In an interview last week, Clarke County senior Hannah Ventura said running in last year’s Class 2 state cross country championships was the most memorable moment of her athletic career.
Thanks to Thursday’s Virginia High School League Executive Committee vote, more cross country runners will get a chance for a similar feeling compared to what was first proposed last month.
The initial “Championships + 1” draft released by the VHSL on Aug. 24 called for only one team from every region in all team sports to advance to state competition, but cross country will now have two teams per region advance to the state meet. Cross country personnel had argued that while other sports were seeing a 50 percent decrease in the number of team state qualifiers from region competition, they were seeing a 67 percent decrease. Under normal circumstances, cross country has three teams from each region advance to state competition.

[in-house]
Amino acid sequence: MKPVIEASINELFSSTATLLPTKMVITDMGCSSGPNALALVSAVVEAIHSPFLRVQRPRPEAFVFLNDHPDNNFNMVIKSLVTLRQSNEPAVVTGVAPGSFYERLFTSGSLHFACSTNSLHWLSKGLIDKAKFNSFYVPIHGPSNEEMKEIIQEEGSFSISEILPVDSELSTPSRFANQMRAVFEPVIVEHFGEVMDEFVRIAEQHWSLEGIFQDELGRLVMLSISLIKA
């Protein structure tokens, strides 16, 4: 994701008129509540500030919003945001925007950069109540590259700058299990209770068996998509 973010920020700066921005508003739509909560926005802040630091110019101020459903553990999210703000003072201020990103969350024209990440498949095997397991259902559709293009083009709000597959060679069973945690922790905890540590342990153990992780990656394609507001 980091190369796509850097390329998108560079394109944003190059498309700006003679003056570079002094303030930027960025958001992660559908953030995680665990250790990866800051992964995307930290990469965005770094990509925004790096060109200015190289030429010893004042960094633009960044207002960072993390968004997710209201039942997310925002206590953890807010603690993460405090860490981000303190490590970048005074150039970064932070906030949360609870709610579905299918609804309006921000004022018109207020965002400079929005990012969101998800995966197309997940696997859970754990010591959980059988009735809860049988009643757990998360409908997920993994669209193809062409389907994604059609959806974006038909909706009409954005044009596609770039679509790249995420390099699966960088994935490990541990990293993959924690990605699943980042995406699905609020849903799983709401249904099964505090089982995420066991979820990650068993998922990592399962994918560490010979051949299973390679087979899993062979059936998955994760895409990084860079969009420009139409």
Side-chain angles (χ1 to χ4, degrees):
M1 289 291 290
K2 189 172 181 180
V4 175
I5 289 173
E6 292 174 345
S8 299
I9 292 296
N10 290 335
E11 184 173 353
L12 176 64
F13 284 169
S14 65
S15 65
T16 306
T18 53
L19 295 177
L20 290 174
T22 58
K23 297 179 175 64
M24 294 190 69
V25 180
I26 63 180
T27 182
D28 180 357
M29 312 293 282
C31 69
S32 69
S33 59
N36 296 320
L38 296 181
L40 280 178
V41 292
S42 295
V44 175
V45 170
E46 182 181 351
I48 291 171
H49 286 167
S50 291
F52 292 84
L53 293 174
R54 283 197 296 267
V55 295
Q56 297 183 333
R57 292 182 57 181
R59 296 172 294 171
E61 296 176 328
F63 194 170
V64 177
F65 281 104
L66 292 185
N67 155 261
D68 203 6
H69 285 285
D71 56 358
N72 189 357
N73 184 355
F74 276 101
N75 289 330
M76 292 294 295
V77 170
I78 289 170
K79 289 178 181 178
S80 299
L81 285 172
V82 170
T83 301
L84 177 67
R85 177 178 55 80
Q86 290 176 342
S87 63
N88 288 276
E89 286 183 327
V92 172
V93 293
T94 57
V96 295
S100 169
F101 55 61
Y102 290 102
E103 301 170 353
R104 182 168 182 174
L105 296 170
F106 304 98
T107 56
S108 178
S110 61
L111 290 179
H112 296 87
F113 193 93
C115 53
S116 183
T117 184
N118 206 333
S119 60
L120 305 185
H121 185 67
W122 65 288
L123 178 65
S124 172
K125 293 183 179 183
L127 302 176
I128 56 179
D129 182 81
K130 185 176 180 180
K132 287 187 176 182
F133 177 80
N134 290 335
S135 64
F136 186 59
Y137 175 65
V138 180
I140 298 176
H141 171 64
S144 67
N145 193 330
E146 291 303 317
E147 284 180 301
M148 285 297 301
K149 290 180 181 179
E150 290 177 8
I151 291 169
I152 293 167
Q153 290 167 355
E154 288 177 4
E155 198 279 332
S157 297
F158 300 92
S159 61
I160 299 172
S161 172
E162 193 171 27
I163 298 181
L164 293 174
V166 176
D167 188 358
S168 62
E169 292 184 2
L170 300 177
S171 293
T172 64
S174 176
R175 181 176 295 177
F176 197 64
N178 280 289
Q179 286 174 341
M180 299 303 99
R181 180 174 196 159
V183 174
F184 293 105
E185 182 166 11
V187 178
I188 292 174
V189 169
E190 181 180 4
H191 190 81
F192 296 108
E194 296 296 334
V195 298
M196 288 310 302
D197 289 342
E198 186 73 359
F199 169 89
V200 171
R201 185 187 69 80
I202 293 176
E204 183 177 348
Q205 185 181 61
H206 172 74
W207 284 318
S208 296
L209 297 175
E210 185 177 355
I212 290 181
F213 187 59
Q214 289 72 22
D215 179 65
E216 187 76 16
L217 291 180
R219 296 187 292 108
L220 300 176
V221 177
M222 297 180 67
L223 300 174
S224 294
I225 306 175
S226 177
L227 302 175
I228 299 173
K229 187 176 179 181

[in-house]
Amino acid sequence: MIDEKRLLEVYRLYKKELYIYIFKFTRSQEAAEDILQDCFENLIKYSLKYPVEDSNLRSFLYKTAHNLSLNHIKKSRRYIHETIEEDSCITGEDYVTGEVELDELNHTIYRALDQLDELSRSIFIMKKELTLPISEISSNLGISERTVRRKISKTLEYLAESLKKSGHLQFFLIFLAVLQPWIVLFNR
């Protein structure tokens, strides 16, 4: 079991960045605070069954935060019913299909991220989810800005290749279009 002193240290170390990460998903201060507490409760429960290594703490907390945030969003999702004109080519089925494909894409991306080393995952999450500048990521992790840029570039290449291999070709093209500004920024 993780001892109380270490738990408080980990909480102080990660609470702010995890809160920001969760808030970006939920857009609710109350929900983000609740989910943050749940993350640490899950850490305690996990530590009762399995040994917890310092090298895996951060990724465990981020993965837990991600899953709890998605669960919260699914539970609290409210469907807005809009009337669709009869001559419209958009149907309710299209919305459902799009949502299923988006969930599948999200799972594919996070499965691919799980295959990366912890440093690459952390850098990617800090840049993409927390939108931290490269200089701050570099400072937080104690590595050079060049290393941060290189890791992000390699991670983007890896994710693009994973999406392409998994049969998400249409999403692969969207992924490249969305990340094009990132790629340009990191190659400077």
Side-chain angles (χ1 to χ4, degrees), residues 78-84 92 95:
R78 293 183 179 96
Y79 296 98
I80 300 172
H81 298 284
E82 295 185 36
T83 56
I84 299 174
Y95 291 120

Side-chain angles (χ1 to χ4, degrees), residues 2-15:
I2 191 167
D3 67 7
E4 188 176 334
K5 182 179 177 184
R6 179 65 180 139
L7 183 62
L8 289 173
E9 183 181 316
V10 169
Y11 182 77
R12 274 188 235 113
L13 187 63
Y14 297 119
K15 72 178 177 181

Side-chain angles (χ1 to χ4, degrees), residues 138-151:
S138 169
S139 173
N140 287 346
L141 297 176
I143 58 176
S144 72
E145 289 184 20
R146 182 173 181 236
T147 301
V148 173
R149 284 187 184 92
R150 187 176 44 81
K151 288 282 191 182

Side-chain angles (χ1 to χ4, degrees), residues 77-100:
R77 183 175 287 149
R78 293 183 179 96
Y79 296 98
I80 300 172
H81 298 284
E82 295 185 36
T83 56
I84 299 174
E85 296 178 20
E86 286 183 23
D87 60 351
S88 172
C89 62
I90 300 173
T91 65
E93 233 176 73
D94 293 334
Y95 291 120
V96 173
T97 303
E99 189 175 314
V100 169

“I think it’s a benefit to everybody, state-wide, that they’ve allowed that second team in, not just because we’re in a tough region,” Millbrook cross country coach Jamie McCarty said. “I think it’s just going to make the competition better. When you only give away one spot, it makes it pretty tough. I think this opens up the competition level and evens the playing field a little bit for everybody I think.”
Region 4C is particularly competitive. Loudoun Valley has won five straight state Class 4 state titles on the boys’ side and the Vikings have won two straight state titles on the girls’ side. Both the James Wood and Millbrook boys and girls return veteran teams that each qualified for the Class 4 state meet last year, with the Pioneers and Colonels girls taking third and fourth, respectively.
Clarke County coach Jeff Webster pointed out that last year’s Class 2 state third-place team, Madison County, would not have qualified for the state meet in 2019 if only the regional champion moved on.